Oh, if only life followed the dictates of the Supreme Court. We would have a greatly simplified and predictable world.
Once upon a time, the Court was troubled that managers were being sued individually for acts of discrimination. (Reno v. Baird). On the other hand, the anti-harassment statute was clear that individual managers were to be liable for harassment. Hence, the discrimination/harassment distinction. Not as easy to distinguish practice as it looks in writing.
In Roby v. McKesson (2009) 47 Cal. 4th 686, the Court once again visited the fuzzy logic of harassment vs. discrimination. That fuzzy logic had concluded previously that "management actions" related to the operation of the business, while "interpersonal actions" (such as pinching a subordinate's ass) were not "official" management actions. [Uh, just to be clear, the graphic description is mine, not the Supreme Court's. This penchant for the clear bold statements may be why those august souls have yet to let me in their Court].
Now, can you see how our effort to use words to structure reality is like throwing a fish net over the vastness of the universe. Yes, we have reference points for order, but we have sacrificed truth. The "truth" is that the Court's earlier "word net" caught no real fish. We are, in effect, back where the Court started. The Court abandoned its old "discrimination/harassment" distinction, and simply allowed an employee to present proof that "management actions" were intended to harass her.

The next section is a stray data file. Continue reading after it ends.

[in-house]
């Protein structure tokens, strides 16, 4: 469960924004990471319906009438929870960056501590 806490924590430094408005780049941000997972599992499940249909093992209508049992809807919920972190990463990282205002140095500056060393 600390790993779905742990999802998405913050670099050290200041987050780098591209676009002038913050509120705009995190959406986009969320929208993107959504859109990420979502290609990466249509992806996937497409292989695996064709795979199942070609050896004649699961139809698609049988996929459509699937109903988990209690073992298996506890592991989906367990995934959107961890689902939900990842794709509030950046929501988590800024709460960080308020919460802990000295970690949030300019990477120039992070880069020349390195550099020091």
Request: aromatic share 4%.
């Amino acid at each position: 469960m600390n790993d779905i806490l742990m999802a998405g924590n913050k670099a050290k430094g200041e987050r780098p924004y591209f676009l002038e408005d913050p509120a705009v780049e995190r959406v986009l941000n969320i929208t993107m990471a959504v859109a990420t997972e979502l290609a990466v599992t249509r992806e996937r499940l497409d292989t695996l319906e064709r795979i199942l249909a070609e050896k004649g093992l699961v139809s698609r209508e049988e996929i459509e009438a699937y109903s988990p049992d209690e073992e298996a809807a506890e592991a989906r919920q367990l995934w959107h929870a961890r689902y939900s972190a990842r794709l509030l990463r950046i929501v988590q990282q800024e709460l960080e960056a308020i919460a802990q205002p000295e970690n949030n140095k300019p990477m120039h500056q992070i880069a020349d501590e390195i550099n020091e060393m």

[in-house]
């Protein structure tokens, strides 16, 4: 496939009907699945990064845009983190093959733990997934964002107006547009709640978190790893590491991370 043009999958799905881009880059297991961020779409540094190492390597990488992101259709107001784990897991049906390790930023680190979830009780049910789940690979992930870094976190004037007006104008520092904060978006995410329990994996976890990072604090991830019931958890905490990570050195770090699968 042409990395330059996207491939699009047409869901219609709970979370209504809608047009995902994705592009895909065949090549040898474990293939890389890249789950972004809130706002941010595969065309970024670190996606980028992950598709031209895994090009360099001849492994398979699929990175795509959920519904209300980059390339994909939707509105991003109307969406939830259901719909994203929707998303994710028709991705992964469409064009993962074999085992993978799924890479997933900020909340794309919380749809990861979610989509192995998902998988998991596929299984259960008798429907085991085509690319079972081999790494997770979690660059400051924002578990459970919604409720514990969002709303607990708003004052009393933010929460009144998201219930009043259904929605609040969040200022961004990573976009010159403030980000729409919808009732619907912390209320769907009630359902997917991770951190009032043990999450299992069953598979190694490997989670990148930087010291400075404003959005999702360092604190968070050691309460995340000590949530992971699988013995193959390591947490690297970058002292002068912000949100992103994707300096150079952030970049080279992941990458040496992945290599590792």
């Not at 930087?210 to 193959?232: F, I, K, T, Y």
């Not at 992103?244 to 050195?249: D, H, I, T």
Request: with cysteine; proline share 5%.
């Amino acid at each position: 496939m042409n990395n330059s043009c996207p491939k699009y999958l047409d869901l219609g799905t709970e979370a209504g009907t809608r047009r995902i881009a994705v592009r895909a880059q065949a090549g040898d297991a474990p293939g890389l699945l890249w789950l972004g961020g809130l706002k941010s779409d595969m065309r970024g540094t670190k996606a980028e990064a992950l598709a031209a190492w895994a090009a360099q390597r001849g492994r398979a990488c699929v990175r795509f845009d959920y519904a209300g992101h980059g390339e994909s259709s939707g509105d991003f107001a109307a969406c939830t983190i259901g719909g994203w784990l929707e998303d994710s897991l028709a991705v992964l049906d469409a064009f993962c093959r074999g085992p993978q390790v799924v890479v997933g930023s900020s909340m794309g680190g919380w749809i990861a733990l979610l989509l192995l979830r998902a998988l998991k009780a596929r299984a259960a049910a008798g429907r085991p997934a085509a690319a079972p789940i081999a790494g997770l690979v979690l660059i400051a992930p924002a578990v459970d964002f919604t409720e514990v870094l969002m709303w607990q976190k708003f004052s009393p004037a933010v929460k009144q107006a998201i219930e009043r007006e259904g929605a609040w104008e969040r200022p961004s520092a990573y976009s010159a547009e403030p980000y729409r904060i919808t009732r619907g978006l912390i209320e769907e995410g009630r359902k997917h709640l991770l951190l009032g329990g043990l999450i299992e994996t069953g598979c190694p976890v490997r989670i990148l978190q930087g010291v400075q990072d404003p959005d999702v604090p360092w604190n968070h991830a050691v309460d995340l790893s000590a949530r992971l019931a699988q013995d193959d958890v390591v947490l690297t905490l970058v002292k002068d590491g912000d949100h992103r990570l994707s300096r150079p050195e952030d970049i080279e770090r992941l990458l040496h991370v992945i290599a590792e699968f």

I just want to say thank you to the CA Supreme Court. First, thank you for my license. I want to keep it, and I hope you realize I meant no disrespect with that "pinching" remark. I know you'll let me argue before you if I follow the rules, and I promise to follow the rules. Secondly, thank you for abandoning magical thinking, and returning to reality. It makes my job as an employee's lawyer so much easier. I think it also improves the chance for justice.
"If the pink slip doesn't fit,get redressed!"